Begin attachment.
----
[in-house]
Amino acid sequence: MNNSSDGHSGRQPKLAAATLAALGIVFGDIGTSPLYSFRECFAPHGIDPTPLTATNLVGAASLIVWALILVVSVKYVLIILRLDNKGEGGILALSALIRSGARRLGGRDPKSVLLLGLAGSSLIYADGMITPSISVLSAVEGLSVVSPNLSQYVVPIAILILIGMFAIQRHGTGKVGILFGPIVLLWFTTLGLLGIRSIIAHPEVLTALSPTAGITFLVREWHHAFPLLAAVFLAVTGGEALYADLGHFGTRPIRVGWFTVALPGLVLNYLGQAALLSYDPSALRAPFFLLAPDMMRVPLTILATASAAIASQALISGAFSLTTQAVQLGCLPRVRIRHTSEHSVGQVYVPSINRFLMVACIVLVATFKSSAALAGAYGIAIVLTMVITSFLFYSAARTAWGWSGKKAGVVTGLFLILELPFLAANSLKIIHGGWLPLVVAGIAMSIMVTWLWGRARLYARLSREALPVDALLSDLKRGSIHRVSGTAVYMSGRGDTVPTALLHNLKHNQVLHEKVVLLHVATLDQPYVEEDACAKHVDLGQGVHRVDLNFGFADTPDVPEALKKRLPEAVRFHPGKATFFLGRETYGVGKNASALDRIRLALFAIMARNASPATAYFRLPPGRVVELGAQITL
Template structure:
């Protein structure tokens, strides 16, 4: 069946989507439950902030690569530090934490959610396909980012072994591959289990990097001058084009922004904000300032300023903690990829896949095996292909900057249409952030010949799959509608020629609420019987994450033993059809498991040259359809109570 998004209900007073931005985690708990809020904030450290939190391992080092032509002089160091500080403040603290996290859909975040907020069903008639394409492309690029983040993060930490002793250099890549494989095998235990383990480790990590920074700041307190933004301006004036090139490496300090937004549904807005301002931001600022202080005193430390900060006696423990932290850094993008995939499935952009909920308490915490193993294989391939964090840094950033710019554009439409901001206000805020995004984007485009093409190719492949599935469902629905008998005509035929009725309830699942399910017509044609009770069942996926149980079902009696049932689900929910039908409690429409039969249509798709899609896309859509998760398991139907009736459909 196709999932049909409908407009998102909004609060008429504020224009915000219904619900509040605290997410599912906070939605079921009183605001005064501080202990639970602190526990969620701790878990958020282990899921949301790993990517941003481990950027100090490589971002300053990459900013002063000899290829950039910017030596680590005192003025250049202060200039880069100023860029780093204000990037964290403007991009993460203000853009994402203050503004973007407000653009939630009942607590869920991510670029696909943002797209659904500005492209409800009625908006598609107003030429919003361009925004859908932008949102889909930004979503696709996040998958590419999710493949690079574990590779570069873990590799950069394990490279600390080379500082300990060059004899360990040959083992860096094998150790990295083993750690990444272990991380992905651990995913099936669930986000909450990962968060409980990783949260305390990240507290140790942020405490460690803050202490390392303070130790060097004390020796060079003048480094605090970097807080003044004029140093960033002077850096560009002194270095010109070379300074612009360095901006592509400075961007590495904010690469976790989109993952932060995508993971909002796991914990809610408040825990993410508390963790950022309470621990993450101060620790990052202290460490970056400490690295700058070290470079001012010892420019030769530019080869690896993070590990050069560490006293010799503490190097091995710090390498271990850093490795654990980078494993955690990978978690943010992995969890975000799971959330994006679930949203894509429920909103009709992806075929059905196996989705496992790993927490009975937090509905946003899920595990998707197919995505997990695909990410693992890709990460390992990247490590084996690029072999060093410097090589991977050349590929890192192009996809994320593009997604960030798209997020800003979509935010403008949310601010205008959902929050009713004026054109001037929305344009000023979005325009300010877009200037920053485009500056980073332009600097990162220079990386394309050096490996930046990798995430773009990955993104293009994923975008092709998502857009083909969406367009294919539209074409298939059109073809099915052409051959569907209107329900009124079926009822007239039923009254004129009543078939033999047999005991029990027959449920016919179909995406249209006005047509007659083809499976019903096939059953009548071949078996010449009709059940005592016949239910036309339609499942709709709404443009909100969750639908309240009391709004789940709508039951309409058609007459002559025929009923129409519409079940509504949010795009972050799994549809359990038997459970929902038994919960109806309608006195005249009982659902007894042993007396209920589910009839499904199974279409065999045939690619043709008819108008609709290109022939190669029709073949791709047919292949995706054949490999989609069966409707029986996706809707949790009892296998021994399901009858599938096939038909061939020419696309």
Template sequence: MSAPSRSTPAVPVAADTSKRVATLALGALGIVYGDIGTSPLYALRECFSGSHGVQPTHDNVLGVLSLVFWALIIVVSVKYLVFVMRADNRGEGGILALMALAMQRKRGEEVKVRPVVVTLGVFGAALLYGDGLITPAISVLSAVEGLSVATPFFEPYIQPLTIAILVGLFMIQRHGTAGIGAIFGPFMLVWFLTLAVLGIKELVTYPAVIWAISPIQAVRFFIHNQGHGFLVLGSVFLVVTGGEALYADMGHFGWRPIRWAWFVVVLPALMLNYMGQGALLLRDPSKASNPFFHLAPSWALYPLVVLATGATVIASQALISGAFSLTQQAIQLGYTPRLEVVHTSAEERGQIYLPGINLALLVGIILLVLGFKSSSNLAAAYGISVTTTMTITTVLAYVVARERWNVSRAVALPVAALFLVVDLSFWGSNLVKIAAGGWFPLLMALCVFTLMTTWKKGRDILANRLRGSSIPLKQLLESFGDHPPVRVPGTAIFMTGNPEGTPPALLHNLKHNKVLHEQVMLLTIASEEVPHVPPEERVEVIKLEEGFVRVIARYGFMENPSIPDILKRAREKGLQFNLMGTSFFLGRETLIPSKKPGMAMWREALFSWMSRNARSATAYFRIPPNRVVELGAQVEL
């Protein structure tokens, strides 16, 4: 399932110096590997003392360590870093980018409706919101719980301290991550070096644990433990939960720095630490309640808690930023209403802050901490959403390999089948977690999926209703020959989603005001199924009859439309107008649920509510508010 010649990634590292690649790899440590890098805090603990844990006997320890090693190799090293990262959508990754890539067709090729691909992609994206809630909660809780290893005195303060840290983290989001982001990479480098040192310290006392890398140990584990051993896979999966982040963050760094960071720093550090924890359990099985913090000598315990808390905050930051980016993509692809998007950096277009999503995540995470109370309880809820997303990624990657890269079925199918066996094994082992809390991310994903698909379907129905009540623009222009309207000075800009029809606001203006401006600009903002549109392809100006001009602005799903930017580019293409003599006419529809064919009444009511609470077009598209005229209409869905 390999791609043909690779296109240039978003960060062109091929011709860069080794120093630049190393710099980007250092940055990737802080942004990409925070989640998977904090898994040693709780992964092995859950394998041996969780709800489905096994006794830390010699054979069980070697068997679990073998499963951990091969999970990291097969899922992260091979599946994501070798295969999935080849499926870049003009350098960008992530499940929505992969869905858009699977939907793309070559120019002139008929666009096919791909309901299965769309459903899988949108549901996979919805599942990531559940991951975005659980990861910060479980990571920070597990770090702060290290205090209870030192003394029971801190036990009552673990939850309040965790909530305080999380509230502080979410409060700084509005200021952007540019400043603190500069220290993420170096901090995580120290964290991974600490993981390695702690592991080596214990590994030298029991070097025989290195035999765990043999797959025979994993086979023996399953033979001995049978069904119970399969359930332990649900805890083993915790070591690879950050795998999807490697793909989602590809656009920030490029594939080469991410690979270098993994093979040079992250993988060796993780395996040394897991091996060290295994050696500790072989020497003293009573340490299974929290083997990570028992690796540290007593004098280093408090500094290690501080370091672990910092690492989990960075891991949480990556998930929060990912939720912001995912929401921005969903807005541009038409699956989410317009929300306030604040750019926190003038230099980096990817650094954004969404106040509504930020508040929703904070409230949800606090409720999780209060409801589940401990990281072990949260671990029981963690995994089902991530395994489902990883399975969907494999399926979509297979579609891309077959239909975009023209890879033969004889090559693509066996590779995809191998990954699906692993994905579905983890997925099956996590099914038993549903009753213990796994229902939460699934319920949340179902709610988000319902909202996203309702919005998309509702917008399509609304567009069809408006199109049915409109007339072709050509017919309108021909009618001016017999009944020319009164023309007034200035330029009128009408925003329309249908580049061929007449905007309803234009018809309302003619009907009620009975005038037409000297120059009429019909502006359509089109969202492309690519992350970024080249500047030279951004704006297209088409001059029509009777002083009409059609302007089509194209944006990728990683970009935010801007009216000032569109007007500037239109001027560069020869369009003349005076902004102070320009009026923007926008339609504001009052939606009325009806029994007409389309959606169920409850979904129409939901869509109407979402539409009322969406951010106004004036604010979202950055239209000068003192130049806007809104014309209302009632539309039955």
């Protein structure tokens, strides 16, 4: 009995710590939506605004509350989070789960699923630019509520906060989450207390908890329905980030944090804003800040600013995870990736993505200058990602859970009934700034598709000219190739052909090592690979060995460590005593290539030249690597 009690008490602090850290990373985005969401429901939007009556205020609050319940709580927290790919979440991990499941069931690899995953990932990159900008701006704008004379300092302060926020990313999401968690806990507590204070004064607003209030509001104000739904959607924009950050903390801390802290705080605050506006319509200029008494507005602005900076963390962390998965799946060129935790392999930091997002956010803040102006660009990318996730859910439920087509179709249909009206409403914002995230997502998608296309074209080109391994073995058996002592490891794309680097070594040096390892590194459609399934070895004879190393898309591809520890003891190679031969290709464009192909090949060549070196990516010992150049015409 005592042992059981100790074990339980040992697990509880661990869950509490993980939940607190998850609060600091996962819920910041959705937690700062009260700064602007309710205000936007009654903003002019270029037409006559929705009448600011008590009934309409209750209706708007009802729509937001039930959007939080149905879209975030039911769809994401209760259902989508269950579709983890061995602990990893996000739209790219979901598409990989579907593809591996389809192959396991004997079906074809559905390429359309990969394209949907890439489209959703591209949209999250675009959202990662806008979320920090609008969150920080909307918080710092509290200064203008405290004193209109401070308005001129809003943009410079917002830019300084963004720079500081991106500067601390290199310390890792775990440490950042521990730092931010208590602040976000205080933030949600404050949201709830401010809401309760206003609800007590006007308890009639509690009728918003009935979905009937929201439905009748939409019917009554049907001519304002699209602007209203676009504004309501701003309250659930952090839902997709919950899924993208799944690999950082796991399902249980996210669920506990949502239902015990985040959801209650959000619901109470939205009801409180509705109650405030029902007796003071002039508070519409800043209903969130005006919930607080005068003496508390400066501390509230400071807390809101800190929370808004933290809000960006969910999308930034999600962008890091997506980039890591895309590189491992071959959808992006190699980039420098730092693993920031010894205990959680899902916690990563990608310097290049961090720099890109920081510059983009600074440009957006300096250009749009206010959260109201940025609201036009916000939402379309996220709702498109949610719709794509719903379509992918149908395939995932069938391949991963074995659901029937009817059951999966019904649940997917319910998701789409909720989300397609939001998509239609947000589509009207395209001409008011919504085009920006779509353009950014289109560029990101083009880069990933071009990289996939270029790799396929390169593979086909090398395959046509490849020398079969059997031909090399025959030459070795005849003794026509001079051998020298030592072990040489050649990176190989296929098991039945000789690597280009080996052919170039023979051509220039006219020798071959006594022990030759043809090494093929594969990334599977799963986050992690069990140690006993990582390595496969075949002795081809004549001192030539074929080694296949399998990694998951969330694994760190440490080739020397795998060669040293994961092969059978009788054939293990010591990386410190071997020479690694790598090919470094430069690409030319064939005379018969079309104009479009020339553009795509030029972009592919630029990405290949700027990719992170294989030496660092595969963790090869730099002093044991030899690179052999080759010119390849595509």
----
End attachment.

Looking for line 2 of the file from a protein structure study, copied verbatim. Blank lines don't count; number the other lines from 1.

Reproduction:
Amino acid sequence: MNNSSDGHSGRQPKLAAATLAALGIVFGDIGTSPLYSFRECFAPHGIDPTPLTATNLVGAASLIVWALILVVSVKYVLIILRLDNKGEGGILALSALIRSGARRLGGRDPKSVLLLGLAGSSLIYADGMITPSISVLSAVEGLSVVSPNLSQYVVPIAILILIGMFAIQRHGTGKVGILFGPIVLLWFTTLGLLGIRSIIAHPEVLTALSPTAGITFLVREWHHAFPLLAAVFLAVTGGEALYADLGHFGTRPIRVGWFTVALPGLVLNYLGQAALLSYDPSALRAPFFLLAPDMMRVPLTILATASAAIASQALISGAFSLTTQAVQLGCLPRVRIRHTSEHSVGQVYVPSINRFLMVACIVLVATFKSSAALAGAYGIAIVLTMVITSFLFYSAARTAWGWSGKKAGVVTGLFLILELPFLAANSLKIIHGGWLPLVVAGIAMSIMVTWLWGRARLYARLSREALPVDALLSDLKRGSIHRVSGTAVYMSGRGDTVPTALLHNLKHNQVLHEKVVLLHVATLDQPYVEEDACAKHVDLGQGVHRVDLNFGFADTPDVPEALKKRLPEAVRFHPGKATFFLGRETYGVGKNASALDRIRLALFAIMARNASPATAYFRLPPGRVVELGAQITL